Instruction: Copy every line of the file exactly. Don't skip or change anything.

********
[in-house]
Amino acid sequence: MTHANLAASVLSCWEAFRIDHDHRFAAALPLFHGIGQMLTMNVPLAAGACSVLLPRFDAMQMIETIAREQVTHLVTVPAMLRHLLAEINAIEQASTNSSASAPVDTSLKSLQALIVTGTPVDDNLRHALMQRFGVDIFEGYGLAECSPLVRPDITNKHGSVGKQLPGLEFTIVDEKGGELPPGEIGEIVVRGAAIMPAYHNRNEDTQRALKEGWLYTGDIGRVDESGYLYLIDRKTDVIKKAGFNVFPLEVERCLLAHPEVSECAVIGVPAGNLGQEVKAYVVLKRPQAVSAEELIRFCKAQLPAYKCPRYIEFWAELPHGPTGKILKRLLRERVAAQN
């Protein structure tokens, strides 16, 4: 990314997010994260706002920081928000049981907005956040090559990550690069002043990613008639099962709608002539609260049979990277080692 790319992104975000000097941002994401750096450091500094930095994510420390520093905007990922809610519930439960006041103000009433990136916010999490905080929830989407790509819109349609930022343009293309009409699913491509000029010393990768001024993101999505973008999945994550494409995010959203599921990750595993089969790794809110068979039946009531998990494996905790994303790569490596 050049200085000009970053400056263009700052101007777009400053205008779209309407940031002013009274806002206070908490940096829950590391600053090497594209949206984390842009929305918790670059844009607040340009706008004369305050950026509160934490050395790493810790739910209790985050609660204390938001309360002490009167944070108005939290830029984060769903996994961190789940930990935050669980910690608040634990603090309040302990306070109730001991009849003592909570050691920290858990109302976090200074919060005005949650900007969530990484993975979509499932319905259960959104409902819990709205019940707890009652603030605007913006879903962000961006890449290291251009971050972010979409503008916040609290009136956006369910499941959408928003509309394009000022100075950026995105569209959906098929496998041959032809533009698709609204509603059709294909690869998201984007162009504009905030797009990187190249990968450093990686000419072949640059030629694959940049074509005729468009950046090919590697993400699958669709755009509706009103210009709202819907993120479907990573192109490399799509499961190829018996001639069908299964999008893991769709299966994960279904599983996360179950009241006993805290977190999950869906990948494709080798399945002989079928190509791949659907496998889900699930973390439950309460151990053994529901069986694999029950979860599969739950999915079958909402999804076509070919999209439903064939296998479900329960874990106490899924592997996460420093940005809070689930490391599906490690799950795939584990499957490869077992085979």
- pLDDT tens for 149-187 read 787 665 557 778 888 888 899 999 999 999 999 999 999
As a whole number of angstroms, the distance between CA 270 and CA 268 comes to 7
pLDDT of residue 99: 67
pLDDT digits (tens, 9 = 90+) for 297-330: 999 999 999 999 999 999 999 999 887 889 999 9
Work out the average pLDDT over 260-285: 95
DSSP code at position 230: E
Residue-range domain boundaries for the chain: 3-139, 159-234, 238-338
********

[in-house]
Amino acid sequence: MTHANLAASVLSCWEAFRIDHDHRFAAALPLFHGIGQMLTMNVPLAAGACSVLLPRFDAMQMIETIAREQVTHLVTVPAMLRHLLAEINAIEQASTNSSASAPVDTSLKSLQALIVTGTPVDDNLRHALMQRFGVDIFEGYGLAECSPLVRPDITNKHGSVGKQLPGLEFTIVDEKGGELPPGEIGEIVVRGAAIMPAYHNRNEDTQRALKEGWLYTGDIGRVDESGYLYLIDRKTDVIKKAGFNVFPLEVERCLLAHPEVSECAVIGVPAGNLGQEVKAYVVLKRPQAVSAEELIRFCKAQLPAYKCPRYIEFWAELPHGPTGKILKRLLRERVAAQN
């Protein structure tokens, strides 16, 4: 990314997010994260706002920081928000049981907005956040090559990550690069002043990613008639099962709608002539609260049979990277080692 790319992104975000000097941002994401750096450091500094930095994510420390520093905007990922809610519930439960006041103000009433990136916010999490905080929830989407790509819109349609930022343009293309009409699913491509000029010393990768001024993101999505973008999945994550494409995010959203599921990750595993089969790794809110068979039946009531998990494996905790994303790569490596 050049200085000009970053400056263009700052101007777009400053205008779209309407940031002013009274806002206070908490940096829950590391600053090497594209949206984390842009929305918790670059844009607040340009706008004369305050950026509160934490050395790493810790739910209790985050609660204390938001309360002490009167944070108005939290830029984060769903996994961190789940930990935050669980910690608040634990603090309040302990306070109730001991009849003592909570050691920290858990109302976090200074919060005005949650900007969530990484993975979509499932319905259960959104409902819990709205019940707890009652603030605007913006879903962000961006890449290291251009971050972010979409503008916040609290009136956006369910499941959408928003509309394009000022100075950026995105569209959906098929496998041959032809533009698709609204509603059709294909690869998201984007162009504009905030797009990187190249990968450093990686000419072949640059030629694959940049074509005729468009950046090919590697993400699958669709755009509706009103210009709202819907993120479907990573192109490399799509499961190829018996001639069908299964999008893991769709299966994960279904599983996360179950009241006993805290977190999950869906990948494709080798399945002989079928190509791949659907496998889900699930973390439950309460151990053994529901069986694999029950979860599969739950999915079958909402999804076509070919999209439903064939296998479900329960874990106490899924592997996460420093940005809070689930490391599906490690799950795939584990499957490869077992085979």
- pLDDT tens for 149-187 read 787 665 557 778 888 888 899 999 999 999 999 999 999
As a whole number of angstroms, the distance between CA 270 and CA 268 comes to 7
pLDDT of residue 99: 67
pLDDT digits (tens, 9 = 90+) for 297-330: 999 999 999 999 999 999 999 999 887 889 999 9
Work out the average pLDDT over 260-285: 95
DSSP code at position 230: E
Residue-range domain boundaries for the chain: 3-139, 159-234, 238-338